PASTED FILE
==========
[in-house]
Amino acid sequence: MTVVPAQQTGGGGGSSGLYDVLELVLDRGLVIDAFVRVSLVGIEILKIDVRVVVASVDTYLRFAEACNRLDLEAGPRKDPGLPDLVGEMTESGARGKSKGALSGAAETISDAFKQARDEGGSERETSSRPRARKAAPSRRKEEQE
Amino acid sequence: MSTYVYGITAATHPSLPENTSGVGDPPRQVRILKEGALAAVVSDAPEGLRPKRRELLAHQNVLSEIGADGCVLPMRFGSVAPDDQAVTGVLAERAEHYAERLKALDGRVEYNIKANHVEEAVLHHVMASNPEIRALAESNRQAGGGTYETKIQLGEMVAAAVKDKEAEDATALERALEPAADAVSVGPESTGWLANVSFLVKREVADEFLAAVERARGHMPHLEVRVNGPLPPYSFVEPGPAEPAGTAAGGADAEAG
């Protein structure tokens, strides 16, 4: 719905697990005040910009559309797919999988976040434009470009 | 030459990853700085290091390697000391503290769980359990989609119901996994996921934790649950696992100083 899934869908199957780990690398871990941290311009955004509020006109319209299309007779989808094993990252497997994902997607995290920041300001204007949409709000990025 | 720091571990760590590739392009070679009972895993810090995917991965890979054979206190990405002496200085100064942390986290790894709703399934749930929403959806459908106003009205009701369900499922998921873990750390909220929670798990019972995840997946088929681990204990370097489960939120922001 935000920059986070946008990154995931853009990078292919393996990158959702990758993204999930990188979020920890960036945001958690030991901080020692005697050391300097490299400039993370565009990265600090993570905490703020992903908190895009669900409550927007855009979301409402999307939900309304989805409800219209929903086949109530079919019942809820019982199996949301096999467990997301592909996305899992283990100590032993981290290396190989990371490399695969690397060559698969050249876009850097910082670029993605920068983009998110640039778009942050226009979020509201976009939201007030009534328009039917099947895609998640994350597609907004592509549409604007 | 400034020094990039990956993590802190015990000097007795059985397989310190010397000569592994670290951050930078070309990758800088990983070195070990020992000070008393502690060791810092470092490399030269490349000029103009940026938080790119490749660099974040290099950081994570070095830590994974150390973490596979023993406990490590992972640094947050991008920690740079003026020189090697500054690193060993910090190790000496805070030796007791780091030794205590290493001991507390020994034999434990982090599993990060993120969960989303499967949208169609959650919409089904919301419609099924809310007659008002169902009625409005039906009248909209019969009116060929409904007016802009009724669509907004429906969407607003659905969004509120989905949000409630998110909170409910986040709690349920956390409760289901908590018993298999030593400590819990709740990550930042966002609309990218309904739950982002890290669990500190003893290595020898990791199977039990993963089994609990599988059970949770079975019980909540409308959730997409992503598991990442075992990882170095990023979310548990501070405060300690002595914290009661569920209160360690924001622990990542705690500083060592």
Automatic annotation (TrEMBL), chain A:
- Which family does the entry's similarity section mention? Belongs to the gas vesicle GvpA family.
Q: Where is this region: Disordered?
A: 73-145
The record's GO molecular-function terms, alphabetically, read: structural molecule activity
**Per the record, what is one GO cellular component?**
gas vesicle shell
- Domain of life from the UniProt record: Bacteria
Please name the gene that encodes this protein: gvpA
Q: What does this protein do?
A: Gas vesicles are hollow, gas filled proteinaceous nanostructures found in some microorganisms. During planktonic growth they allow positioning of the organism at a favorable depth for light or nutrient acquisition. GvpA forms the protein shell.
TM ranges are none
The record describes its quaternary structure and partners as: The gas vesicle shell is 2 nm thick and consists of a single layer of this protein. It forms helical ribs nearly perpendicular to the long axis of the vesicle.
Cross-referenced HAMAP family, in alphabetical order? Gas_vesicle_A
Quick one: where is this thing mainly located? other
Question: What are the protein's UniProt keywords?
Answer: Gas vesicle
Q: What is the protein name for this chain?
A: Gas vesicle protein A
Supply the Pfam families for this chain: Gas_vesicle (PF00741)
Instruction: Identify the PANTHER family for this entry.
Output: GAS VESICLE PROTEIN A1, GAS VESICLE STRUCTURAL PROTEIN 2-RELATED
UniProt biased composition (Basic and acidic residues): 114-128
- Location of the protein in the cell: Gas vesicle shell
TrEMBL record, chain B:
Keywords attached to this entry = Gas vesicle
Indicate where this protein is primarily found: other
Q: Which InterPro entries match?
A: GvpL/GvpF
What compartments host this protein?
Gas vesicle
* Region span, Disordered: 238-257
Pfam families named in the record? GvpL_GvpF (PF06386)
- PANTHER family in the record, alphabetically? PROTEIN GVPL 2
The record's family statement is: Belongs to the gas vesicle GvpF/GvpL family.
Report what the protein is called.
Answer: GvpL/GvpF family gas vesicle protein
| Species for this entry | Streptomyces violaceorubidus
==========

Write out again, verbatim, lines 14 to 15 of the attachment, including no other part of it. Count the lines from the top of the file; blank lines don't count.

Q: What does this protein do?
A: Gas vesicles are hollow, gas filled proteinaceous nanostructures found in some microorganisms. During planktonic growth they allow positioning of the organism at a favorable depth for light or nutrient acquisition. GvpA forms the protein shell.